John Weaver, Psy.D.
An Overview of Integrated Mental Health – Part 5
This will be a multipart blog, so keep watching for the subsequent updates.
Although the framework of the biopsychosocial model was established around 1977 in the approach to psychological health, I think there is another aspect of psychological health that has been overlooked. It is the spiritual dimension.
Spirituality, as I refer to it in this blog, is a broader concept than adherence to a set of religious beliefs. It is the willingness to acknowledge that I am a part of something larger than myself. It is the discovery of a sense of purpose and meaning for my life, and it provides a framework for the development of moral and ethical thoughts and actions. Specific religions may provide a framework for spirituality, that an individual can utilize as a guide toward developing a sense of purpose and moral principles, but there are individuals from many different religious traditions and those who disavow any religion who still see themselves as a part of something bigger, that gives life meaning, and results in strong moral and ethical action.
Since the earliest times of recorded human history there has been a spiritual dimension that defined human communities. It has been present in virtually all societies from small tribes to advanced civilizations. It could be argued that it is a vestige of a primitive mind attempting to explain the working of the planet (and the universe) through myth and fantasy. It could also be argued that its universality and persistence in the human community is best understood as a stable and important dimension of human functioning. For me, spirituality is that stable and important dimension of human functioning that pulls together the biopsychosocial model and completes the factors that comprise effective psychological health.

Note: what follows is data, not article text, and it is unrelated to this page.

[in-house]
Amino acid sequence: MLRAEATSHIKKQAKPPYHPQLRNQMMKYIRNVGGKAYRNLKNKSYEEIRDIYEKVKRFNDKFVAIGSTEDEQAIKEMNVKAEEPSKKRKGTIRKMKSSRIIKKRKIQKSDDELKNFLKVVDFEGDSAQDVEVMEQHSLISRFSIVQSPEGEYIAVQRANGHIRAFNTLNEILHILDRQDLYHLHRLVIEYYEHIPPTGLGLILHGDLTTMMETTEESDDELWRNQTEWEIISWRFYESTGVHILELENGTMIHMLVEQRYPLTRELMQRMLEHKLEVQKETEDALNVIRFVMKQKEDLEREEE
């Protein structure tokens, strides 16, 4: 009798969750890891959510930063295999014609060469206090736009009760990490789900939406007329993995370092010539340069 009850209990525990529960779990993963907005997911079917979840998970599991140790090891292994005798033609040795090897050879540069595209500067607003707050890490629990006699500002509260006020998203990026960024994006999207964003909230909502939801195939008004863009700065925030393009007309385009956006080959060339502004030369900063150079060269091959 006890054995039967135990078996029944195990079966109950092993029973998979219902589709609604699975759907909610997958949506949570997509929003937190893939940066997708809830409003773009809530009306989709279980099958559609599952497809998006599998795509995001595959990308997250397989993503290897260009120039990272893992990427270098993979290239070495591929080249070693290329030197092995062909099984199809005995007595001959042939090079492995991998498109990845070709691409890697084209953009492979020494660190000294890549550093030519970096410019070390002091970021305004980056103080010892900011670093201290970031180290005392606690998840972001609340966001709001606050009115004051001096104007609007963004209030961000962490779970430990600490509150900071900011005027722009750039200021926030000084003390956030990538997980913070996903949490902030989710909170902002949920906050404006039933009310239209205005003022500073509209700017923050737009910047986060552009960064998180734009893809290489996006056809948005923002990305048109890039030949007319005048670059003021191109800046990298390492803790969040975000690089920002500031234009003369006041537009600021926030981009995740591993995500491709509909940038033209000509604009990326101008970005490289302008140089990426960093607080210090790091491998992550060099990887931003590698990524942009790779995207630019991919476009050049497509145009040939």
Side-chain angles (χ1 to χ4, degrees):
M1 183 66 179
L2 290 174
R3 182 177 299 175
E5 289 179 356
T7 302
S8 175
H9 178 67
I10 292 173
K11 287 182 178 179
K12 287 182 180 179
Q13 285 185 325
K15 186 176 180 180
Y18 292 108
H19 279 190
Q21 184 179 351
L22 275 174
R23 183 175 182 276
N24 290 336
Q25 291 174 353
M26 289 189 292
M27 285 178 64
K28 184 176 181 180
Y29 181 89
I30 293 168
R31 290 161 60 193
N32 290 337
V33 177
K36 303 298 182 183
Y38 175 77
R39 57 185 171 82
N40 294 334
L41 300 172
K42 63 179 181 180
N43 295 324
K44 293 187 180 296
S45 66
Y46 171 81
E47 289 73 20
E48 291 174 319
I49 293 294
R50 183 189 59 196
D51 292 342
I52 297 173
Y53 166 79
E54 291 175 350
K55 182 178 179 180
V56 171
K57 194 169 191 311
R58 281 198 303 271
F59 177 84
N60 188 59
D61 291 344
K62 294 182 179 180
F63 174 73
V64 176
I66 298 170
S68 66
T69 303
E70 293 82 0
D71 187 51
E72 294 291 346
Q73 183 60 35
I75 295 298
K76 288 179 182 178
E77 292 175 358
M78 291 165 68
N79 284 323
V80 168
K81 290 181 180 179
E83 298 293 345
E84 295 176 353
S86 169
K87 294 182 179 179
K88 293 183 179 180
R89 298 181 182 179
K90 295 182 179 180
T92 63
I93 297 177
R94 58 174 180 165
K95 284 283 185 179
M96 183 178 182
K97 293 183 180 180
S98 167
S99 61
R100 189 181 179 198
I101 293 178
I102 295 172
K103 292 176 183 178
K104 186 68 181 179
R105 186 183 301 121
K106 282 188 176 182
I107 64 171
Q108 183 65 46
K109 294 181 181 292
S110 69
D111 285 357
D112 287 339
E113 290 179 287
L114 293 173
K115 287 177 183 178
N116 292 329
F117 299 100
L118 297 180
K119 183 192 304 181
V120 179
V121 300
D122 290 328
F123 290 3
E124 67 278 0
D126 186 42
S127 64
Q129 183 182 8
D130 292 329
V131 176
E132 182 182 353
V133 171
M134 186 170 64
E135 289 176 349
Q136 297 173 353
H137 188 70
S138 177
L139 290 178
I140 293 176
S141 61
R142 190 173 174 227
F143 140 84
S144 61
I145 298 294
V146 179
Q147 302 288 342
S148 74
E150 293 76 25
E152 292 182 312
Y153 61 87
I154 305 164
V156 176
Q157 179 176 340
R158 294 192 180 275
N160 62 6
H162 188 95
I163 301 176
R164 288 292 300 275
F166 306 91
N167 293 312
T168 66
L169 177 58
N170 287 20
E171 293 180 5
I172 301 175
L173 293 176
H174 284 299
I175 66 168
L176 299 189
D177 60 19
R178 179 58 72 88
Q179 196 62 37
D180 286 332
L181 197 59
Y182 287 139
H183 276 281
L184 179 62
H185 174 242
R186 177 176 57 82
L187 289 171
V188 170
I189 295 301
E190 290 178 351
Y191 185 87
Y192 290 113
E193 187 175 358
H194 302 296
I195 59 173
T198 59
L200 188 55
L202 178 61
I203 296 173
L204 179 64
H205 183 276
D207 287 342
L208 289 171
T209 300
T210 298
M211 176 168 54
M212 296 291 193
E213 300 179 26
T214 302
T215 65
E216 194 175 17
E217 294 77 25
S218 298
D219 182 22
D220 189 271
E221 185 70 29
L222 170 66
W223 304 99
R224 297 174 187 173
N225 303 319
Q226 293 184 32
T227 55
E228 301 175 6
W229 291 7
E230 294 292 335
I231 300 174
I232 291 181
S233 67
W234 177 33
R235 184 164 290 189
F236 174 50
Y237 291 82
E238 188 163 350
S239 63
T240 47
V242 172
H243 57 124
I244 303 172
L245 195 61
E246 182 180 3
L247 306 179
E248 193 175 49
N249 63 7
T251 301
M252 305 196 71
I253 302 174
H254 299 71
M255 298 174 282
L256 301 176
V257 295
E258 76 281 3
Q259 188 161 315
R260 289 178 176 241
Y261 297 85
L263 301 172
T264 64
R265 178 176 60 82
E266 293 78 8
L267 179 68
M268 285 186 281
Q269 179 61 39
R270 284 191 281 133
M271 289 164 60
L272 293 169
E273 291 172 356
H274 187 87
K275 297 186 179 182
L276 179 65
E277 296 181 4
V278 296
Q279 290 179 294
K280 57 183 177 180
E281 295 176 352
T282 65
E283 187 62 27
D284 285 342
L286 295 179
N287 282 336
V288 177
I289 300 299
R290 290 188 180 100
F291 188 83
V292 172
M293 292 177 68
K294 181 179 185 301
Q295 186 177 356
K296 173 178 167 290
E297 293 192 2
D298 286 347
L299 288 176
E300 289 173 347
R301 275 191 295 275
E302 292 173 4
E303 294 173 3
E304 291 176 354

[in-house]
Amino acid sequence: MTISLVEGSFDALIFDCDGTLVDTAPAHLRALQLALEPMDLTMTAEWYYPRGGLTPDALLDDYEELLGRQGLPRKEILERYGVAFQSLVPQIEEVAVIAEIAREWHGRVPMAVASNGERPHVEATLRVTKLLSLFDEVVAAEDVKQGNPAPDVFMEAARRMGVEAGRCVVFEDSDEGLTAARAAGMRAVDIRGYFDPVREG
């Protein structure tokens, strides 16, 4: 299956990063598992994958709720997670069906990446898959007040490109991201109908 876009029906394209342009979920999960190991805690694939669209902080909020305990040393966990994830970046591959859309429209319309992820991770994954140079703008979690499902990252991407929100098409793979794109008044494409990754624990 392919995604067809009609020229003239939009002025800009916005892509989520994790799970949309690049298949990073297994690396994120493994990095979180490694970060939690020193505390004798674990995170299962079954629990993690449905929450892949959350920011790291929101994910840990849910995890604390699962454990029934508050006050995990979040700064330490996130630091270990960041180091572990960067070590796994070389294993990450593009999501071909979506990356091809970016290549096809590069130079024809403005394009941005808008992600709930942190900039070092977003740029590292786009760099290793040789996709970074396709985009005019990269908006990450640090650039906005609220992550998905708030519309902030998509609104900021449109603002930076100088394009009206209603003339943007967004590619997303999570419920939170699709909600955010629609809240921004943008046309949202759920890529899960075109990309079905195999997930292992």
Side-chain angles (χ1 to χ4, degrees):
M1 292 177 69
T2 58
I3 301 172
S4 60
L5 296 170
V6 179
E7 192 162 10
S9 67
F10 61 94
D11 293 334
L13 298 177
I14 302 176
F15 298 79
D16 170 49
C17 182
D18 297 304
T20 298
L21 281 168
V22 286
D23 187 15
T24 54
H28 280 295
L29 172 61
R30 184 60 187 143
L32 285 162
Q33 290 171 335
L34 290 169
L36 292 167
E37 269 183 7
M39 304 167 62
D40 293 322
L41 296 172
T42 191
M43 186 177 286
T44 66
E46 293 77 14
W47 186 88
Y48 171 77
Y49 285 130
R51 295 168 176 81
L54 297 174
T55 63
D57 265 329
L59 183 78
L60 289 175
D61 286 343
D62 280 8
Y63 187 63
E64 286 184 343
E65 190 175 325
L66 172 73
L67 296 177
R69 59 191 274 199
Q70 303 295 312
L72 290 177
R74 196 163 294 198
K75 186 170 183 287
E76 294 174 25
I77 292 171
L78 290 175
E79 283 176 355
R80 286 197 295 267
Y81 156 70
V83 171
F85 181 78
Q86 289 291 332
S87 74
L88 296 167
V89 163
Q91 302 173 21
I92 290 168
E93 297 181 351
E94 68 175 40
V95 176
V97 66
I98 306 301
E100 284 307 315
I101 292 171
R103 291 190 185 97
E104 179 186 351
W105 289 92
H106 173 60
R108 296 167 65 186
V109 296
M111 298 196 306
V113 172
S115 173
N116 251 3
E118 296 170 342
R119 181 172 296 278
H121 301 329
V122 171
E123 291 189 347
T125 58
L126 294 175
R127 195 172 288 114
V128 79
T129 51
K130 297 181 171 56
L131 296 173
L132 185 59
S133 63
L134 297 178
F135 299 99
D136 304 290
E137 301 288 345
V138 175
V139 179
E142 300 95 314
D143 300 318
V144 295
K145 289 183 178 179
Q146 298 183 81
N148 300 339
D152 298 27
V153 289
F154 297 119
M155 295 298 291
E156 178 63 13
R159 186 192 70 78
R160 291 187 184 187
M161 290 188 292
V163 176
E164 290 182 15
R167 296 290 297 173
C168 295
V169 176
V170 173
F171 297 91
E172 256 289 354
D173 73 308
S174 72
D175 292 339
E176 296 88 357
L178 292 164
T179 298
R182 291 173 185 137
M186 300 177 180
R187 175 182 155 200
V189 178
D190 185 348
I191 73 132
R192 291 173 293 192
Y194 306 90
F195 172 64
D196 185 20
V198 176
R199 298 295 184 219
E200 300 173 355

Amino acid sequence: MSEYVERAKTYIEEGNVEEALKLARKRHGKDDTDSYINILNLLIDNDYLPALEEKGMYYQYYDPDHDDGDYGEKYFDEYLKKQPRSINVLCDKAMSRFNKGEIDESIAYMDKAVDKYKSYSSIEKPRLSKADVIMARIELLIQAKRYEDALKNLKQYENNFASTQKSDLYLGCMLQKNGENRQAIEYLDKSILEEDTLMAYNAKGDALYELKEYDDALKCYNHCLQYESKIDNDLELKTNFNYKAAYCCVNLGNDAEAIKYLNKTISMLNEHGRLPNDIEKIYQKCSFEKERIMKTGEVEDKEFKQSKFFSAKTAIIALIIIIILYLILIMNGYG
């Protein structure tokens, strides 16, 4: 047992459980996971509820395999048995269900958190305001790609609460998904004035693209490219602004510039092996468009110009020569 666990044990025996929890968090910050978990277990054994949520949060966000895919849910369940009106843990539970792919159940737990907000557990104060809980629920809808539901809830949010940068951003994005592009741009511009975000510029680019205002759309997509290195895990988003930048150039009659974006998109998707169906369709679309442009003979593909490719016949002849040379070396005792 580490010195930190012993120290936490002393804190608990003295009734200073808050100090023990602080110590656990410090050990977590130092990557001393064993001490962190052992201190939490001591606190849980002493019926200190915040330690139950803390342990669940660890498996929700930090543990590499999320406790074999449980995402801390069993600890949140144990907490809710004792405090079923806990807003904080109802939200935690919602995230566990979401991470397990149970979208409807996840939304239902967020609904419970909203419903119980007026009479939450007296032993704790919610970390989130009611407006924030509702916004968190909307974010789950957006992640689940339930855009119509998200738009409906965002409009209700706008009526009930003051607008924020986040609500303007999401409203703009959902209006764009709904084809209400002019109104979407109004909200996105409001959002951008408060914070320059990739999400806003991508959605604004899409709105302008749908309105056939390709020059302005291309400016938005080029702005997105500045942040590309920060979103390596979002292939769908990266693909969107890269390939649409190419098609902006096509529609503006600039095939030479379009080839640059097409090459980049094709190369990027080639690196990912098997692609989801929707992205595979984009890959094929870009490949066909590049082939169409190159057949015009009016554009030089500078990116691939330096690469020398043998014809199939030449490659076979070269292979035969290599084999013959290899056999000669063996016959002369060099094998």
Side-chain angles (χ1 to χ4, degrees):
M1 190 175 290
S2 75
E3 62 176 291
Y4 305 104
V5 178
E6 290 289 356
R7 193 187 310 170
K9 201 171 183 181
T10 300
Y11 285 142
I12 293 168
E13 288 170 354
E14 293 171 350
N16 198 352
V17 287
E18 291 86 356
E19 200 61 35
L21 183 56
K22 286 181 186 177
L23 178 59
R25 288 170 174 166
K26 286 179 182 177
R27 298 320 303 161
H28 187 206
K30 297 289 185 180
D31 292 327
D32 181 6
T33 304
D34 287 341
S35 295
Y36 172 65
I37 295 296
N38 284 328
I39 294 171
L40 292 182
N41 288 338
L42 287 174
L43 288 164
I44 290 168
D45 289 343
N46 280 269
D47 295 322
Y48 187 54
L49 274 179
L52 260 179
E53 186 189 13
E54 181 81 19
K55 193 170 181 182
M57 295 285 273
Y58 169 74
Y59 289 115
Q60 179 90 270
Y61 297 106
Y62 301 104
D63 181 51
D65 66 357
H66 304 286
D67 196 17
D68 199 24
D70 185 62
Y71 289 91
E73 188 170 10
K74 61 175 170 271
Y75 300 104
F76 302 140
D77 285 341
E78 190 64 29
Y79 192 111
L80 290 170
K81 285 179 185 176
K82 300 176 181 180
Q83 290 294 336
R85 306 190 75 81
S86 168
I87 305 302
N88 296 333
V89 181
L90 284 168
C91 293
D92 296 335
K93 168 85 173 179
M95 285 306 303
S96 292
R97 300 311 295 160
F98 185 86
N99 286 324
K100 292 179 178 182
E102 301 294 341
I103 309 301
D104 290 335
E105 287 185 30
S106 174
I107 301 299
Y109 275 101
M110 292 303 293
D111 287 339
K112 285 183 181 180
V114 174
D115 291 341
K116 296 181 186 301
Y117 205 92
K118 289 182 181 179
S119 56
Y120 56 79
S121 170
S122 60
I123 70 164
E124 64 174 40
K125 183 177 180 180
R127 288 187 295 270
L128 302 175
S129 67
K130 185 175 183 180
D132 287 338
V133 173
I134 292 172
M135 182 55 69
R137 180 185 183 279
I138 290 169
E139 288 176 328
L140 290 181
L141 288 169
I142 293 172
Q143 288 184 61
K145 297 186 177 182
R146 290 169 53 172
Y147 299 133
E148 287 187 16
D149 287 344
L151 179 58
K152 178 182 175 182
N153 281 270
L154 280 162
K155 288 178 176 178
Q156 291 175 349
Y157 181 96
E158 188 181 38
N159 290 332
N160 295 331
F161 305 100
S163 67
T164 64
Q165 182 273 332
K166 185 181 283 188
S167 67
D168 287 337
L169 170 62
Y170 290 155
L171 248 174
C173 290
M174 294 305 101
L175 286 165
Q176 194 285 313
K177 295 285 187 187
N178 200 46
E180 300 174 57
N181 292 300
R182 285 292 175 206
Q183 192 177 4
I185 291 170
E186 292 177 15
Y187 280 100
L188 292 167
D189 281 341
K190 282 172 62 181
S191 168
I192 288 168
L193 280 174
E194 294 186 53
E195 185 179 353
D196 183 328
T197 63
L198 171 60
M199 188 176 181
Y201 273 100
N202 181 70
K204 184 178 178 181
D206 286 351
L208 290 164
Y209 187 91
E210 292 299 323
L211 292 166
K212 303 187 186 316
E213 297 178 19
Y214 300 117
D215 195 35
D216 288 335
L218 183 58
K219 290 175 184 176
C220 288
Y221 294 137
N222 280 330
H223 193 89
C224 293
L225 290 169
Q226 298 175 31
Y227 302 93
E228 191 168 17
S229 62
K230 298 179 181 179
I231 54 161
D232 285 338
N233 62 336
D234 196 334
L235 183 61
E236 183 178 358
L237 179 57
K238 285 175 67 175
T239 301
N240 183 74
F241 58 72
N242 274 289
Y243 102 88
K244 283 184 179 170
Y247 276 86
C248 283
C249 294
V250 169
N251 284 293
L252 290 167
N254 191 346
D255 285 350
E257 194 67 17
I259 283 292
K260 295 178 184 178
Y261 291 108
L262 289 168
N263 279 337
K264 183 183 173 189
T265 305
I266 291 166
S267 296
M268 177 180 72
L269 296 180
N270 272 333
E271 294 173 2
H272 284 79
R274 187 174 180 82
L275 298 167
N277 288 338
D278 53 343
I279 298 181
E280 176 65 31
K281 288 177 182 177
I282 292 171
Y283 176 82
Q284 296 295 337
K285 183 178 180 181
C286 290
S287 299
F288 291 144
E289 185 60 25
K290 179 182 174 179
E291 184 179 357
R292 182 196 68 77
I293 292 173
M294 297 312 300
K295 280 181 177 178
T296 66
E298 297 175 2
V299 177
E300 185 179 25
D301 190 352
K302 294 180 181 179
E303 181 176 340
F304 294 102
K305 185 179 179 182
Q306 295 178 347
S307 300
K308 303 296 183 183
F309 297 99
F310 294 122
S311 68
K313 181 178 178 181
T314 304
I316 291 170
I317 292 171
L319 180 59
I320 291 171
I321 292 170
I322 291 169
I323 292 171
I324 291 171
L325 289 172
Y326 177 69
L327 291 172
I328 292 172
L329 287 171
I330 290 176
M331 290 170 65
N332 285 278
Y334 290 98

In Western society, there has been a split between science and religion for the past 500 years.
Christendom had a lock on Western European society at the time. It was able to wield significant control over what could be taught and what was considered to be heretical. This control was exercised to invalidate other religious belief systems, but it also prevented the early scientists from being able to study human beings.
Then in 1641, a philosopher named Rene Descartes proposed that the domain of science included the human body while religion controlled the domain of the soul. This split, often named Cartesian Dualism, allowed science to progress but also created a lasting conflict between science and religion in the West. Although this was originally a conflict between Western scientists and Western Christendom, it has expanded to an animosity between science and all religious belief.
While there are historical circumstances that led to this split, it has had results that are mixed (as has been true in most of our discussion above). The origins of the split certainly arise from both science and religion in conflict about who would be in control – which is one of the problems discussed in the section on Social.